The court dismissed the second FCA suit based on Fed. R. Civ. P. 10(b), which requires a “practicable” organization of a complaint by numbered paragraphs and other measures to “promote clarity.” Although this rule rarely comes into play, the relators’ complaint consisted entirely of substantive paragraphs, such that it was impossible to tell how many claims they intended to prosecute. The court made clear that the relators could file an amended complaint to fix this problem.

The court also barred two groups of relators from asserting certain allegations in their complaint based on the public disclosure bar, which provides for dismissal of qui tam claims based on conduct that was previously publicly disclosed. 31 U.S.C. § 3730(e)(4)(A). The court held that the bar applied to claims that were substantially similar to conduct described in three local media reports. Further, the court rejected the relators’ allegations that they were original sources of those reports, concluding that those allegations were conclusory and implausible.

Our Take: This decision demonstrates that the FCA’s relator-specific rules like the public disclosure bar and the first-to-file bar can be potent defenses, especially where multiple relators have filed suit.

In the News:

Health system pays $1.75 million to settle pandemic-related claims. On June 30, DOJ announced a $1.75 million settlement with MorseLife Health System Inc., a nursing home health system, for alleged FCA violations in connection with COVID-19 vaccination clinics under the Pharmacy Partnership for Long-Term Care Program, which was designed to prioritize the vaccination of residents and staff at long-term care facilities when doses of COVID-19 vaccine were in limited supply. The government alleged that MorseLife invited and facilitated the vaccination of hundreds of ineligible people at its facility and then submitted claims for payment to the government in which the company described the ineligible individuals as eligible “staff” and “volunteers.”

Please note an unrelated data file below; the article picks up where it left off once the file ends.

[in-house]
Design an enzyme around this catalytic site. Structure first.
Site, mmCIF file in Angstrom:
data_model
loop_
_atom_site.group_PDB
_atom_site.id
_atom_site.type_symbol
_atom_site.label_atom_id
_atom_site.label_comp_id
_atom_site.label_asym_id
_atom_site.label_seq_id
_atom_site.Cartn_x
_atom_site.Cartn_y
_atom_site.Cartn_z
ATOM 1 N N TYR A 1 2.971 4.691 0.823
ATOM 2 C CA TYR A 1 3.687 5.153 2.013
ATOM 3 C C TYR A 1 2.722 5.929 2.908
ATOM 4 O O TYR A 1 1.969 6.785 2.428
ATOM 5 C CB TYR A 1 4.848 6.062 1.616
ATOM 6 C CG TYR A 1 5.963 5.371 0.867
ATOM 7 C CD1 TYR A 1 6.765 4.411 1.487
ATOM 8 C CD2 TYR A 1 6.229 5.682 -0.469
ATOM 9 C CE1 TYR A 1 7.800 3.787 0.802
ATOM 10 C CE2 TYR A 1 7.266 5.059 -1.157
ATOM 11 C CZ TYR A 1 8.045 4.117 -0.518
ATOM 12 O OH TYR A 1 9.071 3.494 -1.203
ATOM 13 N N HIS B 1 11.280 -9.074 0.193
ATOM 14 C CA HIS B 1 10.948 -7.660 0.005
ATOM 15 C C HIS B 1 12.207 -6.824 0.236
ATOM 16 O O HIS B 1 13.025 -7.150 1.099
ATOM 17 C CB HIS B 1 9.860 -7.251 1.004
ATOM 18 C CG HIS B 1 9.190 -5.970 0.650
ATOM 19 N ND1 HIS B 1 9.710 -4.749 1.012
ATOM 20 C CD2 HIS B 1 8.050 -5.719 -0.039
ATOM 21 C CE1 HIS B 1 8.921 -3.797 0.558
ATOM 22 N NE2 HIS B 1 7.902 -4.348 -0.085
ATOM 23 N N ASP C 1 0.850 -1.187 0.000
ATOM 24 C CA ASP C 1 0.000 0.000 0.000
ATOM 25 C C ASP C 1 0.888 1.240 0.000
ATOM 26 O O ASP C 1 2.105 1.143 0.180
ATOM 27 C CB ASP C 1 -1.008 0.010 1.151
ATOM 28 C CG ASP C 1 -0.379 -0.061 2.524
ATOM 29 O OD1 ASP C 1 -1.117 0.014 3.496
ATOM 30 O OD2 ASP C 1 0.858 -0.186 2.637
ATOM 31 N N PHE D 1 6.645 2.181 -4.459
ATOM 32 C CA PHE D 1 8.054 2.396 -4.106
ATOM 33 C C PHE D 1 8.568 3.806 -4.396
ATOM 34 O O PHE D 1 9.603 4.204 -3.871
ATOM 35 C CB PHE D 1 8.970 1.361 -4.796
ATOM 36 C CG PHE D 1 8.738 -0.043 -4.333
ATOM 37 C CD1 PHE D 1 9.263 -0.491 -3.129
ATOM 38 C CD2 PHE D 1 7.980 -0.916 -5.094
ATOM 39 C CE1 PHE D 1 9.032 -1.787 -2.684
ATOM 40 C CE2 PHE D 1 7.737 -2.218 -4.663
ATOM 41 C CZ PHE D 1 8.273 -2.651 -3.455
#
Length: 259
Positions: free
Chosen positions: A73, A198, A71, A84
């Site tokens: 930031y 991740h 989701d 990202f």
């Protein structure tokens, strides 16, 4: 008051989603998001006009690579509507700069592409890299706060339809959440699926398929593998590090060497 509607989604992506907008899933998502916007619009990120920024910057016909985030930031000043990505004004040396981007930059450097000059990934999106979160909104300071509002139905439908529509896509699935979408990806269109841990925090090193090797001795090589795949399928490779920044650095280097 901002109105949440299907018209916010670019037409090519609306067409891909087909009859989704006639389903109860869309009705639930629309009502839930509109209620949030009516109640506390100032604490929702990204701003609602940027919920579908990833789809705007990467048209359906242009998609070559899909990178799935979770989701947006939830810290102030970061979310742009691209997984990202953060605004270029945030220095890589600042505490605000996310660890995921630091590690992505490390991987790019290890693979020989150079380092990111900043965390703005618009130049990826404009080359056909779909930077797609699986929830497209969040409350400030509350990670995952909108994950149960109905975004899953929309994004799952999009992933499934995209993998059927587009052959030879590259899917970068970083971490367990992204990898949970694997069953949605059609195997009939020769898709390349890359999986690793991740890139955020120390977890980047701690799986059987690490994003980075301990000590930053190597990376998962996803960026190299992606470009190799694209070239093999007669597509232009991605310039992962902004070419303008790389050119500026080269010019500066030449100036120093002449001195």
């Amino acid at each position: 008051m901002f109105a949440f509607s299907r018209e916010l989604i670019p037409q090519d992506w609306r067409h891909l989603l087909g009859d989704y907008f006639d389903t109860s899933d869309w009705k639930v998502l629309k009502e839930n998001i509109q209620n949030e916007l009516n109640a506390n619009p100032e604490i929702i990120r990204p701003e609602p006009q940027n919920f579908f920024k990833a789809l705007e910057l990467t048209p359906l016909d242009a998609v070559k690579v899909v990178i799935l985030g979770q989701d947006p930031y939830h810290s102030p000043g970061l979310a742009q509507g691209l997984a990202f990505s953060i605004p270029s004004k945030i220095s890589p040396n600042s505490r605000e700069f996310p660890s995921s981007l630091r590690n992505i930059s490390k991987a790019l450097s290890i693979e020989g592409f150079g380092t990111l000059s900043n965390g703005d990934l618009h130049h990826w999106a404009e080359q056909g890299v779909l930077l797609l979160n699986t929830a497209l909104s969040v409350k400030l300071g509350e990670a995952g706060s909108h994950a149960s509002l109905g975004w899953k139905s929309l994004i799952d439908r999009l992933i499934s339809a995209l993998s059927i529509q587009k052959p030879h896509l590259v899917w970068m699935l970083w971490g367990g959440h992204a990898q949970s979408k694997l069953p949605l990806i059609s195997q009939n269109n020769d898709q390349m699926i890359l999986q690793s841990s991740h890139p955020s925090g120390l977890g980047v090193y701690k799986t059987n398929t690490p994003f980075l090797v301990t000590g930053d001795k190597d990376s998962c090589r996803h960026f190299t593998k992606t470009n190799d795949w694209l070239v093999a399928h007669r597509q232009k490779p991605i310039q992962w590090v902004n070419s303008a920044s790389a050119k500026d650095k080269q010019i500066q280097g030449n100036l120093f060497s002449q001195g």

Airline pays $10.5 million to resolve claims of falsely reported package delivery times. On June 30, DOJ announced a $10.5 million settlement with Delta Airlines for alleged FCA violations in connection with reports to the government about the transfer of U.S. mail to foreign locations. Specifically, the government alleged that Delta falsely reported to the United States Postal Service the time that mail was delivered and the facts regarding Delta’s transfer of possession of the mail at various locations.

Fifteen Texas doctors pay $2.8 million to settle kickback allegations. On June 28, DOJ announced a $2.8 million settlement with fifteen Texas doctors to resolve FCA allegations that the doctors received thousands of dollars in remuneration from nine management service organizations in exchange for ordering laboratory tests from several diagnostic centers. As part of the settlement, the physicians agreed to cooperate in DOJ’s investigation of other parties.

Jeff Bucholtz is a partner on the Appellate, Constitutional and Administrative Law team in the Washington, D.C. office of King & Spalding LLP, Tamra Moore is a partner in the Special Matters and Government Investigations Practice Group in the Washington, D.C. office of King & Spalding LLP, and Yelena Kotlarsky is a Senior Associate in the Special Matters and Government Investigations Practice Group in the firm’s New York office.